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2010 Toyota Camry Photo
7.0
/ 10
On Styling
BASE INVOICE
$17,938
BASE MSRP
$19,395
On Styling
The 2010 Toyota Camry is marginally different from its predecessor, but still characterized by move-along, nothing-to-see-here styling.
7.0 out of 10
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STYLING | 7 out of 10

Expert Quotes:

“Wallflowers will delight in the Camry’s rather anonymous looks”
LeftLaneNews

The outside has been touched with a splash of pizzazz
Cars.com

“Interior is straightforward and functional”
Edmunds

Toyota’s venerable Camry lineup, which has been the best-selling mid-size sedan in the United States for years, gets a minor face-lift for 2010. The current seventh-generation Toyota Camry debuted in 2007.

While the current Toyota Camry is rather aged, Toyota endeavors to breathe some styling pizzazz into the Camry with a slew of exterior changes. Chief among these changes, according to Edmunds reviewers, are “a restyled grille and taillights,” which come standard on each of the “four trim levels—base, LE, SE and XLE.” Despite the changes, TheCarConnection.com’s editors find that the 2010 Toyota Camry remains one of the most conservative-looking sedans around.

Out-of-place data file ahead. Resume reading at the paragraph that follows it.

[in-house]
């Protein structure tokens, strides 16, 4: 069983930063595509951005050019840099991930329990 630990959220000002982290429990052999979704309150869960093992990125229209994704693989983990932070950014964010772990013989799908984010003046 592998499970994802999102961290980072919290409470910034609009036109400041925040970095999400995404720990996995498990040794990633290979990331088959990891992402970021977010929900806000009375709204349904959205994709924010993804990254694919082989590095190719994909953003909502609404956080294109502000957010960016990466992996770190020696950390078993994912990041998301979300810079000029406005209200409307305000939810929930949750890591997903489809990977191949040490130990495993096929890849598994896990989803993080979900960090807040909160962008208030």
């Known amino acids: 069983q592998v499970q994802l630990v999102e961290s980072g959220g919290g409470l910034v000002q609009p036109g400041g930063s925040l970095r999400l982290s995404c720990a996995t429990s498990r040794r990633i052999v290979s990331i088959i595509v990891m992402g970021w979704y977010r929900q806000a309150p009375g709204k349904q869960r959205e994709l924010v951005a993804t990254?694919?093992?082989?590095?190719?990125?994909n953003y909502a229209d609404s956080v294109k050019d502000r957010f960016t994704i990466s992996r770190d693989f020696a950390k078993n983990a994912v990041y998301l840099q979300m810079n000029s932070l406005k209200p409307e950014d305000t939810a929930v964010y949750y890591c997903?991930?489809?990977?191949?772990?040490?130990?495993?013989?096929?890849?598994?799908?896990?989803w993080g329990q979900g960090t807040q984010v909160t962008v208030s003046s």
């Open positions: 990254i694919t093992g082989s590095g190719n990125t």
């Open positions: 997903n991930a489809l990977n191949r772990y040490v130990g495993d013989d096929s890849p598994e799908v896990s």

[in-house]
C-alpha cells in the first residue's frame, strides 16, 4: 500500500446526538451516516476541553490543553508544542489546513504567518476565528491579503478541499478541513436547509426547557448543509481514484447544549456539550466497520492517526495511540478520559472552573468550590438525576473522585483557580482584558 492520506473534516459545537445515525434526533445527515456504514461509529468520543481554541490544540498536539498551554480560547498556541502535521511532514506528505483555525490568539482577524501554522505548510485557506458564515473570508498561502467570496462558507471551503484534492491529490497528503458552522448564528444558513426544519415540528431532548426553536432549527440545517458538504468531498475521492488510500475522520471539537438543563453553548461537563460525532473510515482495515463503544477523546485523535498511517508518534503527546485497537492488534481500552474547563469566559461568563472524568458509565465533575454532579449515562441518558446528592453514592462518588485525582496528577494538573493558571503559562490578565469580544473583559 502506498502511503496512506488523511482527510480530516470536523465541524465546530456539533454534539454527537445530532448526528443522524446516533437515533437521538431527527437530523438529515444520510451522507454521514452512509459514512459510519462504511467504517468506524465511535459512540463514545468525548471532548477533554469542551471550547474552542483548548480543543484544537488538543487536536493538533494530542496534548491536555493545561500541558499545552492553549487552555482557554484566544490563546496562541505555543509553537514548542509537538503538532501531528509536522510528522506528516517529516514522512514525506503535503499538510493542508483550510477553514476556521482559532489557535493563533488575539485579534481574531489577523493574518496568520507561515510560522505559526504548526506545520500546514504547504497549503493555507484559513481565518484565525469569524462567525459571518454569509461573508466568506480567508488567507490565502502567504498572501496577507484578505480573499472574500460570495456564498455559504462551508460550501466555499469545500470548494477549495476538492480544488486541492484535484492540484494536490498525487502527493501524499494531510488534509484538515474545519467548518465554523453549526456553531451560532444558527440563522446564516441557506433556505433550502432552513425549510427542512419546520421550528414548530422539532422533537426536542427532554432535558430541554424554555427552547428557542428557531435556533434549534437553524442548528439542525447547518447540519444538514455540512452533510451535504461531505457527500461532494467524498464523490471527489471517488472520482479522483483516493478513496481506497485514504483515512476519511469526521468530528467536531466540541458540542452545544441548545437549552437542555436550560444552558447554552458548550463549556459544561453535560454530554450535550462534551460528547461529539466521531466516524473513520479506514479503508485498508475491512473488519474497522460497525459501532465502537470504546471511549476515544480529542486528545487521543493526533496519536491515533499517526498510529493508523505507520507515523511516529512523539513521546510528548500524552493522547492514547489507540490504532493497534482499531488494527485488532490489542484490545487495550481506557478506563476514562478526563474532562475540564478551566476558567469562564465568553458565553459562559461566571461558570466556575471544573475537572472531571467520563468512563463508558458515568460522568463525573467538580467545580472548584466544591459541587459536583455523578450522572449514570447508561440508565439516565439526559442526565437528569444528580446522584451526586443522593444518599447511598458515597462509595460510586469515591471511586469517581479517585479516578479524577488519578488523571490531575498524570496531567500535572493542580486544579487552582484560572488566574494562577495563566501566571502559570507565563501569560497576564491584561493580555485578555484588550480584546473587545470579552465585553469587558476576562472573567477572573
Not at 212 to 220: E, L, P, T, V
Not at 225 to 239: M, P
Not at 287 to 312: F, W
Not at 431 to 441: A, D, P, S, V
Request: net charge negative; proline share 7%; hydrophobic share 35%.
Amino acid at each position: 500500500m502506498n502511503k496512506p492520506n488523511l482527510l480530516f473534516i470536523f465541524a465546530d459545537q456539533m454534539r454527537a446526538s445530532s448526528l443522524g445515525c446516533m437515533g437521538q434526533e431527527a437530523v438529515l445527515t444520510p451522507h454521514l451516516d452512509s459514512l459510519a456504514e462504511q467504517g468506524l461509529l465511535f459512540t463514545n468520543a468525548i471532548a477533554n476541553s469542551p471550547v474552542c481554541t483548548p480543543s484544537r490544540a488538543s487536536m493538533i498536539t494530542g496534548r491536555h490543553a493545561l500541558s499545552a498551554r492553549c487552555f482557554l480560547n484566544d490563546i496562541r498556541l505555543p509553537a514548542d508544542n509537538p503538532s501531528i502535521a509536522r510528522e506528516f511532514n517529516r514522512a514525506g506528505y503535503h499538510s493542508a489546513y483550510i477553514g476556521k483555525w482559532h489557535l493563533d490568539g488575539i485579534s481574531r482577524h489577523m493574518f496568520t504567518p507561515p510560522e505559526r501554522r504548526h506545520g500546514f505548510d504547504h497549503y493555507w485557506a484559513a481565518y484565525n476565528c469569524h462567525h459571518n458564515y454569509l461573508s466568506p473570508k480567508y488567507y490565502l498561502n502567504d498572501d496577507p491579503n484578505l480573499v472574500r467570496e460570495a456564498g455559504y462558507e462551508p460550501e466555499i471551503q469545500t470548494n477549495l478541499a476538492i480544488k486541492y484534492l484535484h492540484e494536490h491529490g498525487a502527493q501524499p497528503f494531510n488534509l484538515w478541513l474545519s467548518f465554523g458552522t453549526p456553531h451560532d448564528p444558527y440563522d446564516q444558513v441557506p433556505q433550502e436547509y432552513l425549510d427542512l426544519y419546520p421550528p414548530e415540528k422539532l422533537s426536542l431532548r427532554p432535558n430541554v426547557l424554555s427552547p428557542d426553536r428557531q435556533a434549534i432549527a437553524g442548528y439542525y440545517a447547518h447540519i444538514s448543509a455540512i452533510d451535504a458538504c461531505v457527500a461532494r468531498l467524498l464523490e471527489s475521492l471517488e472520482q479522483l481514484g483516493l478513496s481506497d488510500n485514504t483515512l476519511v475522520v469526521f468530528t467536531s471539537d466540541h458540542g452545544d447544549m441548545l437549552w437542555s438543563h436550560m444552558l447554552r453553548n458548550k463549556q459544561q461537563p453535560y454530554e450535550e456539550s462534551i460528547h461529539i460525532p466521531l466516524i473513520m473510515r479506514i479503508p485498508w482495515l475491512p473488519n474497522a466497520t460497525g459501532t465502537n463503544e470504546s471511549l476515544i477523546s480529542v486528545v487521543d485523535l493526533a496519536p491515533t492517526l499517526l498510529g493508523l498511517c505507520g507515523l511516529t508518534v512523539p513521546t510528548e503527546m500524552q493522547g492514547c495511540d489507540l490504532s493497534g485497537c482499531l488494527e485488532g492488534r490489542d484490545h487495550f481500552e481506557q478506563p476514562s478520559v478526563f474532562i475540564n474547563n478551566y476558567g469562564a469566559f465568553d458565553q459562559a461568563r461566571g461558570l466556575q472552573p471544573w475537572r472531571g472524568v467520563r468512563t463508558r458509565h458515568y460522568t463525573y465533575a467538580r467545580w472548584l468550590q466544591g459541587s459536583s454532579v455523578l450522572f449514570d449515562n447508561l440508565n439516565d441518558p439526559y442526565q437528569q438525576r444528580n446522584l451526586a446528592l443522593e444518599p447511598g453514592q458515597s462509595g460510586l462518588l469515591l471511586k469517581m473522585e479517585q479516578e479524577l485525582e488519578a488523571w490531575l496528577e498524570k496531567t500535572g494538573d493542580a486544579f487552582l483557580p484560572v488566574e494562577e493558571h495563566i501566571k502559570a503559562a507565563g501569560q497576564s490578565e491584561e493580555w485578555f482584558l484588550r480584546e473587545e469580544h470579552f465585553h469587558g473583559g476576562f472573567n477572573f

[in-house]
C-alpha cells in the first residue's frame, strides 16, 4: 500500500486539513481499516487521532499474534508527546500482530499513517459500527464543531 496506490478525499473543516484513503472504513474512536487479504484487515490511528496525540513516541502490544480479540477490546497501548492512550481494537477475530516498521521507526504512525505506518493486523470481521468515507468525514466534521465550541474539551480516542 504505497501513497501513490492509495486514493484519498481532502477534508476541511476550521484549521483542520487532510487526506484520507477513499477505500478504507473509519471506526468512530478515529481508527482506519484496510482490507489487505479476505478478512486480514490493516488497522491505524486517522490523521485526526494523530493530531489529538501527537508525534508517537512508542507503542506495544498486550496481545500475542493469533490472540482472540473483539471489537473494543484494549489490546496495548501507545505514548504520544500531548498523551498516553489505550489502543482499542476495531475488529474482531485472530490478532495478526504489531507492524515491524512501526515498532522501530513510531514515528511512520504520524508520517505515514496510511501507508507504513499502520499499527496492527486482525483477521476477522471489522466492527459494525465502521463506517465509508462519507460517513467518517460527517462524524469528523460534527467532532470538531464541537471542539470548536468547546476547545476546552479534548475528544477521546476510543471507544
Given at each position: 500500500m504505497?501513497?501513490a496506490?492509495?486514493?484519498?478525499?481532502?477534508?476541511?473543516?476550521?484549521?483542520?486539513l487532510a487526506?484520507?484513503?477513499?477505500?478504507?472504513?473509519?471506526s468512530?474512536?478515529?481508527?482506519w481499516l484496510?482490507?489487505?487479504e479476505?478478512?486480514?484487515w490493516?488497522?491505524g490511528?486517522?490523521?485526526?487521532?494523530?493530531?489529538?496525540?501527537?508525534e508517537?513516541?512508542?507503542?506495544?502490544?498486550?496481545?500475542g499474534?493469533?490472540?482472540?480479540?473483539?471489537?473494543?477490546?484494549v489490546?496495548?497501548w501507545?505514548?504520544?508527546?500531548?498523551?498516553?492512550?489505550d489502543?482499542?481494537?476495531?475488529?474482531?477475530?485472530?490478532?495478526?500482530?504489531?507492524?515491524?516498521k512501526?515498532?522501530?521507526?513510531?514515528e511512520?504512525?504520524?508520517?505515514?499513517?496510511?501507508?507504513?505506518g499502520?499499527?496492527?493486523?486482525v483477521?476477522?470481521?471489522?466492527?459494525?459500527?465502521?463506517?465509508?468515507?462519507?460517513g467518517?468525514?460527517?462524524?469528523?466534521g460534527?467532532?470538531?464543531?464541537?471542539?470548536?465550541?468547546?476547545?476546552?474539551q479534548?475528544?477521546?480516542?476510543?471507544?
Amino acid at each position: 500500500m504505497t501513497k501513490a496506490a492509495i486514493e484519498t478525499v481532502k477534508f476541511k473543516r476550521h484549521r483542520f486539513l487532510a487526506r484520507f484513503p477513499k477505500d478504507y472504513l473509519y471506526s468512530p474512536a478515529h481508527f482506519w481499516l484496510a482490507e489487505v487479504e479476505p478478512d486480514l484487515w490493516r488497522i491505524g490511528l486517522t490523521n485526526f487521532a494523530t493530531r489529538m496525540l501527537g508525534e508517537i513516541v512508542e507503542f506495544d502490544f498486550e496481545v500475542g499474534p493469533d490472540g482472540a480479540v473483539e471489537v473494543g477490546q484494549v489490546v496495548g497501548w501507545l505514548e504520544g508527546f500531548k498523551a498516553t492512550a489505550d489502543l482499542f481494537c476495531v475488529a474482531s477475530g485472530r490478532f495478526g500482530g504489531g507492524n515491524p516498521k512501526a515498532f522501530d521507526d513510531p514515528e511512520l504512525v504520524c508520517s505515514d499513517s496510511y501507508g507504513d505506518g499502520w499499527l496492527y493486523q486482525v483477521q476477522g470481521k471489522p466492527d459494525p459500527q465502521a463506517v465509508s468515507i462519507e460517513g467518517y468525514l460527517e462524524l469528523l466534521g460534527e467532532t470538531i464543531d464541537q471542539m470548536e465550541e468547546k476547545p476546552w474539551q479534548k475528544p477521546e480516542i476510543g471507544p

As the most popular mid-size sedan on the market today, the 2010 Toyota Camry isn’t for those who want to stand out. In fact, Left Lane News predicts that “wallflowers will delight in the Camry’s rather anonymous looks,” which blend in to just about any urban or suburban driving environment you can imagine. It’s not that the Toyota Camry is unattractive—it simply fails to stand out. Autoblog does characterize the Camry as “half-pretty,” while those seeking a more pronounced Camry can shop around for the Camry SE, which Cars.com says benefits from appearance changes that bestow the car with “sporting good looks.” Other reviewers, however, remain unconvinced, and Left Lane News hopes that Toyota will “get a little more daring with the next-generation model.”

Although the exterior won’t draw anything more than a passing glance, the Toyota Camry’s interior is much more noteworthy. Edmunds raves that “Toyota’s decades of experience in ergonomics shine through here—the main controls are large and logically placed,” and Automobile Magazine characterizes the interior as “intelligently designed.” ConsumerGuide further points out that the “gauges are large and legible,” and “the control layout is logical after [a] brief acclimation.”

Conclusion

The 2010 Toyota Camry is marginally different from its predecessor, but still characterized by move-along, nothing-to-see-here styling.

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